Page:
The Romans are also well-organized as ever. The Italian team has the right blend of youth and experience. The icons Totti and Del Piero would also be as determined as Zidane as it is their “Last Supper” also. The hit men Luca Brasi(Toni) and Gilardino are sharp. Pirlo and Camoranesi add to the flair. Defence is impregnable with Cannavaro being the marshal, Nesta’s return would bolster it further. Gattuso is the wild cannon in the middle to thwart attacks. But most reassuring is the imposing figure of Buffon in goal.

Italians have the twelve year cycle in WC 70 (RU),82 (W),94(RU),06(W?) . But the French coach Domenech with Linda Goodman and MM Joshi as advisors, would have something in store to counter this.

Overall I expect a thrilling WC final, the best since 1986.  

Spiku July 4, 2006

Posted by Abhishek in Abhishek, Football WC.
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Here’s my attempt at Sports haiku or spiku. Yes, yes it does not exist, I know, but hell, even Spamku did not exist at one time.

And then the four saw
Sternly eye to eye,
Leaving just twenty-two.

Advantage Paes-Mirza? July 2, 2006

Posted by Arnold in Arnold, Tennis.
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How many of you’ll think that Leander Paes (or maybe Mahesh Bhutpathi) and Sania Mirza should pair up in the Mixed Doubles?

And how many of you’ll think they will?

WC Musings June 30, 2006

Posted by samratsengupta in Football WC, Samrat.
3 comments

World cup excitement this time has percolated down even to the mainstream media, the airtime and print columns dedicated to soccer this month is unprecedented, I feel it is almost equivalent to that given for the cricket WC.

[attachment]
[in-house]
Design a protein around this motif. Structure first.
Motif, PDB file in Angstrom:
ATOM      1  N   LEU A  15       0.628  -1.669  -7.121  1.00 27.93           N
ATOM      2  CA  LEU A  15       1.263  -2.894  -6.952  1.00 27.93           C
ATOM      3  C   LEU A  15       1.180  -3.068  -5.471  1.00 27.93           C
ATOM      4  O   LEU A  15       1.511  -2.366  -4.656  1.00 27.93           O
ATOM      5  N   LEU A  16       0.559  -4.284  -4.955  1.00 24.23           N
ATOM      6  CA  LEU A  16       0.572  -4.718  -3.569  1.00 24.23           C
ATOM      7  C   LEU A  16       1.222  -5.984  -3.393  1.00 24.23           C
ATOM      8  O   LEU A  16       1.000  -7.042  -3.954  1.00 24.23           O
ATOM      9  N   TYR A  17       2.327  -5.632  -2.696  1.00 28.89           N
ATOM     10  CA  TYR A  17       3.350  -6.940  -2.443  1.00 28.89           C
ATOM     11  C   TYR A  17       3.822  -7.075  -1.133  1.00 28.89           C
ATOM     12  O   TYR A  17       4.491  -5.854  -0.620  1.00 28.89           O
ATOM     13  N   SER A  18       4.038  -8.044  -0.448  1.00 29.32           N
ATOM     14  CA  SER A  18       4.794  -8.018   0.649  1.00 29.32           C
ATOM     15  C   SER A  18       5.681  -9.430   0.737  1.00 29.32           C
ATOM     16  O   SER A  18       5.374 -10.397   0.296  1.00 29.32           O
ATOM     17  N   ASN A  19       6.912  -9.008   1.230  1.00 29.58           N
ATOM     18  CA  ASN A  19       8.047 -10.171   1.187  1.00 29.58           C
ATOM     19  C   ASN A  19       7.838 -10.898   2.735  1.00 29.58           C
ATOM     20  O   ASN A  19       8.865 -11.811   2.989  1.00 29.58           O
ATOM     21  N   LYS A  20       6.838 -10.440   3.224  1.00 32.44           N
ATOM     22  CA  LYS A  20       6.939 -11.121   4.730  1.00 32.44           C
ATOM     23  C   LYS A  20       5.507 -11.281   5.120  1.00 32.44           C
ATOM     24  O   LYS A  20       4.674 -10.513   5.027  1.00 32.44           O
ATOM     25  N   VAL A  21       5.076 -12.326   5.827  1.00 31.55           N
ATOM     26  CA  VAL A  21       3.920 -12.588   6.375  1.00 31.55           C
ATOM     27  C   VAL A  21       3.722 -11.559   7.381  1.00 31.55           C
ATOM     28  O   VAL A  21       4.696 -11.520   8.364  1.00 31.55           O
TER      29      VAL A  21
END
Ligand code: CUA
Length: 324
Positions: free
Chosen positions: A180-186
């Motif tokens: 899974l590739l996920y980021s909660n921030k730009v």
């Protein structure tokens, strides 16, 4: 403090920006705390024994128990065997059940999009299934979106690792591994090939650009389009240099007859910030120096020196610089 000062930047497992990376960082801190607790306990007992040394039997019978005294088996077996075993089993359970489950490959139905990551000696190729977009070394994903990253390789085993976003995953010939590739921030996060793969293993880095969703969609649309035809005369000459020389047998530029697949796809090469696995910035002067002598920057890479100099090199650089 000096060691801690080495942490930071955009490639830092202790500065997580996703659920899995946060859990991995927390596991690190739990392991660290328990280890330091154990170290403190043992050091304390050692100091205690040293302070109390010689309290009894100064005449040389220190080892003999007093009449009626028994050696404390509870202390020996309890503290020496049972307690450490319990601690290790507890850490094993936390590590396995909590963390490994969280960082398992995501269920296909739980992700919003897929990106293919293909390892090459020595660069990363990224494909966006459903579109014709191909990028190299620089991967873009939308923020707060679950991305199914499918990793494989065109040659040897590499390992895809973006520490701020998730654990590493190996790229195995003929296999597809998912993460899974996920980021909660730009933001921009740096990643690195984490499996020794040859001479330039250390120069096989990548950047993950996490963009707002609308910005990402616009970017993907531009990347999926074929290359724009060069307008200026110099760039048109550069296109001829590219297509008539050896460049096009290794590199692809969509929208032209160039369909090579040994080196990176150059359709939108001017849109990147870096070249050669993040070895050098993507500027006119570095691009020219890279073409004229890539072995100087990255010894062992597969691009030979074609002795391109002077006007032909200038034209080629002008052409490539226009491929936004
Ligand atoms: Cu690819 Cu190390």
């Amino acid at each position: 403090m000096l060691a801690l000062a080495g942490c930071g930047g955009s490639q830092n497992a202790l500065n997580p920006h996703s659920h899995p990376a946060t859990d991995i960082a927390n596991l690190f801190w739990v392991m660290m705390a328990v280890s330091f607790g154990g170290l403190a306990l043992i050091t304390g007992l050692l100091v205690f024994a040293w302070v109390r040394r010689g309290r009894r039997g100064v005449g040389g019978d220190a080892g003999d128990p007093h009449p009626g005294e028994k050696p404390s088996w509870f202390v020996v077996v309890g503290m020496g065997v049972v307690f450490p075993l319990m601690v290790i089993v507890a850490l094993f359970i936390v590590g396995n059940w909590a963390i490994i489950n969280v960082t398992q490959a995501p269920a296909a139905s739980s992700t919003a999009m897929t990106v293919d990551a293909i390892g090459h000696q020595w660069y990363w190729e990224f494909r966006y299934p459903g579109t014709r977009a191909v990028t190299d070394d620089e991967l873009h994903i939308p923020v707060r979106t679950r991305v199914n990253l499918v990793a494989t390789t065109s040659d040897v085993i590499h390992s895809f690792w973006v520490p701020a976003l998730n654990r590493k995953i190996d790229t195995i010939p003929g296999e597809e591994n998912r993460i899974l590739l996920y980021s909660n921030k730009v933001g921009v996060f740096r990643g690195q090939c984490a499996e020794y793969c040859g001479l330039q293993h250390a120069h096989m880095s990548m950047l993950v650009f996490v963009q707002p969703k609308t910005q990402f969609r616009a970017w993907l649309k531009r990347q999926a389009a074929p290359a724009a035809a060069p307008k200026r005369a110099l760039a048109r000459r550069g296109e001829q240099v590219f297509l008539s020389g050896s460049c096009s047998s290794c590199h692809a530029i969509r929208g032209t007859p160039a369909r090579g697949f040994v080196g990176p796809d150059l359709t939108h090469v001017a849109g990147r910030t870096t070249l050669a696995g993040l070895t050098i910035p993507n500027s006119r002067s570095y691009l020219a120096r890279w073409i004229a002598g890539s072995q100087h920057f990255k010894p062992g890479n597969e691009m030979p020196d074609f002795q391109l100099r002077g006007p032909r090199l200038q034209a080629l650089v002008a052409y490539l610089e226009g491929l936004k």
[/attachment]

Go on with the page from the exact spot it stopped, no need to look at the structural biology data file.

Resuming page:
This has brought football popularity out in the open. Hopefully this would popularize football even more, attract sponsors and lead to some tangible improvement in the local infrastructure and standards. Enough daydreaming.

The new offside rule has caused lots of heartburn for many teams, but I think the rule is a positive move, otherwise most of the defences had perfected the offside traps, now they have something more to think of. I get really irritated to see numerous offside whistles, it breaks the rhythm of the game. Was really surprised to see the African teams playing a high defence line, and getting caught many times by forwards breaking the offside trap. The African teams are not known for their tactical nous, so such trap implementations do not come easily to them, and I feel they should not deploy such tactics. They should rely more on their natural strengths. Play man-to-man or zonal defences. The Ghanian defender John Mensah really impressed me, reminded me of Marcel Desailly in his peak. He got an appropriate moniker of the “Rock Of Gibraltar”.

The Germany Argentina match has all the ingredients of being a classic and I am sure we would not be disappointed and I believe the winner of this match is going to take home the cup.

England surely lack the passion, their players look somewhat flat, and have belied the pre-tournament optimism about them. Portugal has been a revelation , they seem to be the hungriest of all teams to win. Though it seemed the same with Spain and Holland , but unfortunately got knocked out.

Most surprising was that all the previous winners who participated in this edition have qualified for the QFs. My friend Arnold would be pretty pleased that his point of view has been vindicated https://sillypoint.wordpress.com/2006/05/31/the-not-so-glorious-certainties-of-football/